First Ice

Hunting Jumbo's on the Mississippi River Backwaters

November 10, 2022

First Ice: Hunting Jumbo's on the Mississippi River Backwaters

Ace stick, Hunter Rud, shares tips and strategies for catching more and bigger yellow perch

The small, rural community of Caledonia, Minnesota lies in the heart of the Driftless, a geographic region missed by the glaciers of the last ice ageThe landscape in this part of Southeast Minnesota, Southwest Wisconsin and Northeast Iowa is characterized by steep hills and bluffs, forested ridges, deeply carved river valleys and cold-water trout streams. The fishing is great herenot only for trout, but for a variety of warm water species roaming the main channels and expansive backwater areas of Pools 8 and 9 of the Mississippi River, just10 miles west of Caledonia, which is also the home of Hunter Rud. 

An avid angler, waterfowl and turkey hunter, and professional photographer, Rud is rarely without a fishing rod, shotgun or camera in his handsHe’ll sometimes juggle two of the devices at a time. 

One of Rud’s favorite games is targeting shallow-water perch through the ice on the numerous bays, sloughs and other backwaters of the mighty Mississippi. Once the ice is safe enough to walk on, the St. Croix Rod ambassador will spend up to four days a week looking for jumbo perch in as little as 18 inches of water.

“It’s a busy time but I try to get out as much as I can,” says Rud, who starts looking for perch at first ice in areas with zero current and a lot of bait. “I’m fishing isolated bays and backwaters anywhere from afoot and a half to 8-feet deep. It’s amazing how many fish are that shallowespecially perchat first ice, which is a good thing for me, because I have zero appetite to fish anything deeper than that or over any moving water. Safety is the number-one consideration in any form of ice fishingat least it should beand this is an area where anglers could get into dangerous situations very easily and not even realize it.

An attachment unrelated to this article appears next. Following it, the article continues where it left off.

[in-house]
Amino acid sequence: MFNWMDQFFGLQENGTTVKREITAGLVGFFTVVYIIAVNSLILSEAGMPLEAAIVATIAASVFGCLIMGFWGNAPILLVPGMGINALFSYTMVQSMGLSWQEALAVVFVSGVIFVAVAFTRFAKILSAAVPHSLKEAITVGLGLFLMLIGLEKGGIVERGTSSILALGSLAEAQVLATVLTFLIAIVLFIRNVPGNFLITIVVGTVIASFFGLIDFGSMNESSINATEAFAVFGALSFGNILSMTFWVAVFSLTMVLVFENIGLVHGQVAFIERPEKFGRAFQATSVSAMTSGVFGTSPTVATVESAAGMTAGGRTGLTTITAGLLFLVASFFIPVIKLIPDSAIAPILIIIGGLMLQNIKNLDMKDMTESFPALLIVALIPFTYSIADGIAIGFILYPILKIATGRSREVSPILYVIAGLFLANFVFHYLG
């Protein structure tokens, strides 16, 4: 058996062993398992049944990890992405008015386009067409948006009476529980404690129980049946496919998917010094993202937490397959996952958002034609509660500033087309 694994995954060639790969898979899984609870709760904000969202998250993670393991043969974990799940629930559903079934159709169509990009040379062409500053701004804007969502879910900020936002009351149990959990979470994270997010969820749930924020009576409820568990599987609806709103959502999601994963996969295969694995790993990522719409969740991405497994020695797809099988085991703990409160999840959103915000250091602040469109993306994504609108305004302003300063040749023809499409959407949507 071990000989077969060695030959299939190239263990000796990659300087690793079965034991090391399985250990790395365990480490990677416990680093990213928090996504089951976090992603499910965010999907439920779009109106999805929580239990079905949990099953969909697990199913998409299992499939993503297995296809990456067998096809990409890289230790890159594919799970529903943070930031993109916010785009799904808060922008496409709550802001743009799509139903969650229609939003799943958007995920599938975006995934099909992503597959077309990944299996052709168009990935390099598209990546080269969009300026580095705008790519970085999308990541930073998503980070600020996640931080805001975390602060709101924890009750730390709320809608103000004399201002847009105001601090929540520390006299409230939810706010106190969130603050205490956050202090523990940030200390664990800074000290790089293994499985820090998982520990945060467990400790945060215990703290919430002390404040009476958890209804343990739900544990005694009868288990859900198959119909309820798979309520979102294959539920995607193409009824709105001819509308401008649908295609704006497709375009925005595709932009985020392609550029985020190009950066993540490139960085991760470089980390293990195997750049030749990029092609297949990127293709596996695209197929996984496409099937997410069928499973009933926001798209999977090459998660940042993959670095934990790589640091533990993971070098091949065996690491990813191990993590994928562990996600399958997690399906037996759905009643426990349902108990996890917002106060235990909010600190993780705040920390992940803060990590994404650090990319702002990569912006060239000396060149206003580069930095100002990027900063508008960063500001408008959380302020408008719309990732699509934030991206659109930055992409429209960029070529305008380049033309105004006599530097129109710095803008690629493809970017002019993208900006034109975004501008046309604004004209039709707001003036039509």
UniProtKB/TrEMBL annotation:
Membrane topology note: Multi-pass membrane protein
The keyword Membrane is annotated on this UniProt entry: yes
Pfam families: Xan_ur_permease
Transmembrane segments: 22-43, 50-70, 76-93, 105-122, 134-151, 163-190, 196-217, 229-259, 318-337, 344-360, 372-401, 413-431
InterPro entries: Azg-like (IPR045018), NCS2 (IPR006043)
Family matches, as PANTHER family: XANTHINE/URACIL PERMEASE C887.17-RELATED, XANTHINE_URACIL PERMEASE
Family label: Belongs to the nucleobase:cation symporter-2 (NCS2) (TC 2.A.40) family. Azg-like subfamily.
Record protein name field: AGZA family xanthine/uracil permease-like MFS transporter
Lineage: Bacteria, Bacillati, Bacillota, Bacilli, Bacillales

Despite his schedule, Rud says he has the flexibility to fish when he wants. “I’ll usually fish the first four hours in the morning or the last four hours in the evening. That’s when the best bites happen – unless there are serious pre-frontal conditions, then I’ll be out all day,” says Rud, adding that the fishing is usually well worth the time and effort. “We’ve got quantity and quality in our yellow perch here,” he says. “A 13.5-incher is a darn good one, but I’m ultimately after those 15’s.” 

Rud employs a variety of presentations. He regularly uses devices like an iFish Pro 2.0 or a Finicky Fooler, which are essentially tip-up devices that allow Rud to fish up to the legal maximum number of lines. Unlike regular tip-ups, however, the Finicky Fooler and iFish Pro allow Rud to use his favorite St. Croix rods. “I can set a live rosy-red minnow near the bottom with either of these devices while I’m hole hopping and actively jigging with a red-glow or white-glow tungsten jig and a wax worm, a micro-spoon tipped with a rosy-red minnow head, or a small Rippin’ Rap… those are my three go-to presentations,” Rud says. “Ultimately, it's the fight I’m after, so the Finicky Fooler and iFish Pro give me the convenience of a tip-up, but with the ability fight the fish on a rod and reel.”